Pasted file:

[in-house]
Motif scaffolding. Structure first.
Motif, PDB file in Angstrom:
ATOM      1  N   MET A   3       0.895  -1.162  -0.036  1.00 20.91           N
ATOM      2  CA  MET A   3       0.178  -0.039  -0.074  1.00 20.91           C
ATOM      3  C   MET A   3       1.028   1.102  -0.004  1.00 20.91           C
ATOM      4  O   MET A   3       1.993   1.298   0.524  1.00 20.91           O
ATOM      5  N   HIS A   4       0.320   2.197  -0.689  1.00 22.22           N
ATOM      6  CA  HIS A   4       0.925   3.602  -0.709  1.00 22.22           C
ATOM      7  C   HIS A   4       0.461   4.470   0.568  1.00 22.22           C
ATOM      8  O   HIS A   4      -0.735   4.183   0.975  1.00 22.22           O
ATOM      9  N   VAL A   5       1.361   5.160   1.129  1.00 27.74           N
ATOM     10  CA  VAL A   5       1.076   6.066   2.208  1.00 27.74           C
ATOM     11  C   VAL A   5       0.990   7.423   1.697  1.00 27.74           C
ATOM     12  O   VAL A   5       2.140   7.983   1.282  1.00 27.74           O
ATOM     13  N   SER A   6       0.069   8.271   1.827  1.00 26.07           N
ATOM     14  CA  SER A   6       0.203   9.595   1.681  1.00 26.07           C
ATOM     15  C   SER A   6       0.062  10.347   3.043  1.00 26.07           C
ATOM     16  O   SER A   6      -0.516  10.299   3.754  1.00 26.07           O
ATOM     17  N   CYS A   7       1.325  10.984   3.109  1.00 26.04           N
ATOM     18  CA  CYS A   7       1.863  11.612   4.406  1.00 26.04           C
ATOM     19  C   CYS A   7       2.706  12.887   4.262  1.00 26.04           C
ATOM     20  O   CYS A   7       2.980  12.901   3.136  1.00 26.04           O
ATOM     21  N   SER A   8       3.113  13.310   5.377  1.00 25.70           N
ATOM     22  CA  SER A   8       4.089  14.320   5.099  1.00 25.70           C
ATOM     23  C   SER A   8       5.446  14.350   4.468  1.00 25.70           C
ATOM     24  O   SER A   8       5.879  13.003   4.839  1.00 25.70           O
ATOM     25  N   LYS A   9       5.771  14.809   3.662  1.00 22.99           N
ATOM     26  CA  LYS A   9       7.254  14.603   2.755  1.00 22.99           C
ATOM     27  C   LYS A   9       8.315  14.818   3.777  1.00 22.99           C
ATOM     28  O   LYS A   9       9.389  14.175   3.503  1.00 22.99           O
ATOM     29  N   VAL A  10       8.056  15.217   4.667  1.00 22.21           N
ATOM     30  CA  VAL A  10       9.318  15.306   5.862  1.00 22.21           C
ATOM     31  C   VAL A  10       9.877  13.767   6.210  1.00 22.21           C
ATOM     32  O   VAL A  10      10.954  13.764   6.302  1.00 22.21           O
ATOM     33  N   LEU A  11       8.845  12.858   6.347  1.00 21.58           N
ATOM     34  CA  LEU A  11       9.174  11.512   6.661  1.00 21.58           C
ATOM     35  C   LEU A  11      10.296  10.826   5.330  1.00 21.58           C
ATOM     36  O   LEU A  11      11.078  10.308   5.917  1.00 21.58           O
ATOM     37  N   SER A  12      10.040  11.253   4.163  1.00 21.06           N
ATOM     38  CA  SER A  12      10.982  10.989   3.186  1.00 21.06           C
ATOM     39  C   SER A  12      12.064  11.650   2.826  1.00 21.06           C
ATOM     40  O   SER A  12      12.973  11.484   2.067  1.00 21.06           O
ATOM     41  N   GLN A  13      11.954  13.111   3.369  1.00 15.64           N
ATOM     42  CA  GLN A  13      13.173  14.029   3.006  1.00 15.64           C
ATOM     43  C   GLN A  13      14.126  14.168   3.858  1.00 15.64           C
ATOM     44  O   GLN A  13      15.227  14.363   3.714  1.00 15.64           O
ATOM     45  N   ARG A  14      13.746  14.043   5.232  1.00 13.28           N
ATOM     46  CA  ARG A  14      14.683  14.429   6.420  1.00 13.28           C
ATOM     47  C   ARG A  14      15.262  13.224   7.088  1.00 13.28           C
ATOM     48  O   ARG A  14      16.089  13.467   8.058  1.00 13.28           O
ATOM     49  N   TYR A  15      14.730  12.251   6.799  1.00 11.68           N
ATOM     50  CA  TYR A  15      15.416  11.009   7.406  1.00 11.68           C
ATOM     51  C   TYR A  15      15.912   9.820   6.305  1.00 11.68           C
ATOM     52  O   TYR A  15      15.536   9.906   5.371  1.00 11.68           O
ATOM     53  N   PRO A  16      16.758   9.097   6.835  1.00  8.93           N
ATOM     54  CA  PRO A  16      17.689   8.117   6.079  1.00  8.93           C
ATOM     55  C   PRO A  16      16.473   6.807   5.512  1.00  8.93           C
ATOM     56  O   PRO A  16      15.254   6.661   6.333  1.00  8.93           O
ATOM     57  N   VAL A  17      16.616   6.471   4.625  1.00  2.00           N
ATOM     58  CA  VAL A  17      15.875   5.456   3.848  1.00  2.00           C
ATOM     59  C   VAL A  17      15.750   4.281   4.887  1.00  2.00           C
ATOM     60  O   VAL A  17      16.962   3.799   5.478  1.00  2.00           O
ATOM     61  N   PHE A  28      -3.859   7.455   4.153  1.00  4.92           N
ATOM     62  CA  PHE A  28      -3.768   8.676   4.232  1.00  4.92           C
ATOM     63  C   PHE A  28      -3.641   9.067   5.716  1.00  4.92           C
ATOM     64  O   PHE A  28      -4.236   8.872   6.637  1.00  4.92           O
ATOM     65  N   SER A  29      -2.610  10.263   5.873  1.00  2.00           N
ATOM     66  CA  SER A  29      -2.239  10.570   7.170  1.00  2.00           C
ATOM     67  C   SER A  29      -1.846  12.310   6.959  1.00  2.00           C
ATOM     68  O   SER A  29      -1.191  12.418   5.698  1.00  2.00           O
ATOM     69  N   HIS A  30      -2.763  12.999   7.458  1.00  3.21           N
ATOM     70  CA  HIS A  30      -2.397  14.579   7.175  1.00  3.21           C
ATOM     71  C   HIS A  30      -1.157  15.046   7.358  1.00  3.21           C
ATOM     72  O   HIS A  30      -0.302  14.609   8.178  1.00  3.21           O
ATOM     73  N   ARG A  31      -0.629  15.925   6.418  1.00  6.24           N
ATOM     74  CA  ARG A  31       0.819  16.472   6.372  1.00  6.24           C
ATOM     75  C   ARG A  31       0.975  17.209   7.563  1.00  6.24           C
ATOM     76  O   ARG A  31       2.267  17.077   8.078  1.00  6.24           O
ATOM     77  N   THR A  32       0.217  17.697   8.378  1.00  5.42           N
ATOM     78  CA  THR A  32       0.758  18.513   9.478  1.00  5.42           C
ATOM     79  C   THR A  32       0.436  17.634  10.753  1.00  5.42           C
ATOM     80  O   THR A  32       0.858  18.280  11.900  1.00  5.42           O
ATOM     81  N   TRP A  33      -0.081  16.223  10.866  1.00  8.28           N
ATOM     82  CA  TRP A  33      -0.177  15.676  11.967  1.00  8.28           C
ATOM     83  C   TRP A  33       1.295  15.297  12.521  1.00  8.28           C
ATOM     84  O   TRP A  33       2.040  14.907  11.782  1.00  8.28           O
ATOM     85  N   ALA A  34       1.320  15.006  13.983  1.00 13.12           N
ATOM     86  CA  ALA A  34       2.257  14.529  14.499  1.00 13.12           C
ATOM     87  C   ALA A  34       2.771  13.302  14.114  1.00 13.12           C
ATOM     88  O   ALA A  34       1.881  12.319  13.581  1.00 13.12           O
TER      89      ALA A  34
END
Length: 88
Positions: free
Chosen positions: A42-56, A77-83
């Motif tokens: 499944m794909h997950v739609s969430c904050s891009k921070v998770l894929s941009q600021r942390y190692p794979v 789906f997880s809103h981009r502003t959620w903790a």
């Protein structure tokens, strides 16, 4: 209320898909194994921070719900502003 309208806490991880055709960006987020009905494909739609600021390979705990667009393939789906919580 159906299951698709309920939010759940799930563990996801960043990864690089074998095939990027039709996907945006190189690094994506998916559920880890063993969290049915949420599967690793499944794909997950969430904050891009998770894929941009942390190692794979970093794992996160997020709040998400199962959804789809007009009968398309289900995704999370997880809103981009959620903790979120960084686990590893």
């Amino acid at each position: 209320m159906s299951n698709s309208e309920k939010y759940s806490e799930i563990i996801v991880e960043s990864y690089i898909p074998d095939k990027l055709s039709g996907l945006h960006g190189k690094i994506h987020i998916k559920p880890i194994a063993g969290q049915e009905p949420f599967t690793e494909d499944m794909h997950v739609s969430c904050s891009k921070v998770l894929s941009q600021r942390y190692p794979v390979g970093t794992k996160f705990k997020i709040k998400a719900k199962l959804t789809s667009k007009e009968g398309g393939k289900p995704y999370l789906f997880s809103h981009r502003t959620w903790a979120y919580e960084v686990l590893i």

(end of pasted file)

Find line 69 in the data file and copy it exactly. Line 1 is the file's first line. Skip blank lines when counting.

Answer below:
ATOM     66  CA  SER A  29      -2.239  10.570   7.170  1.00  2.00           C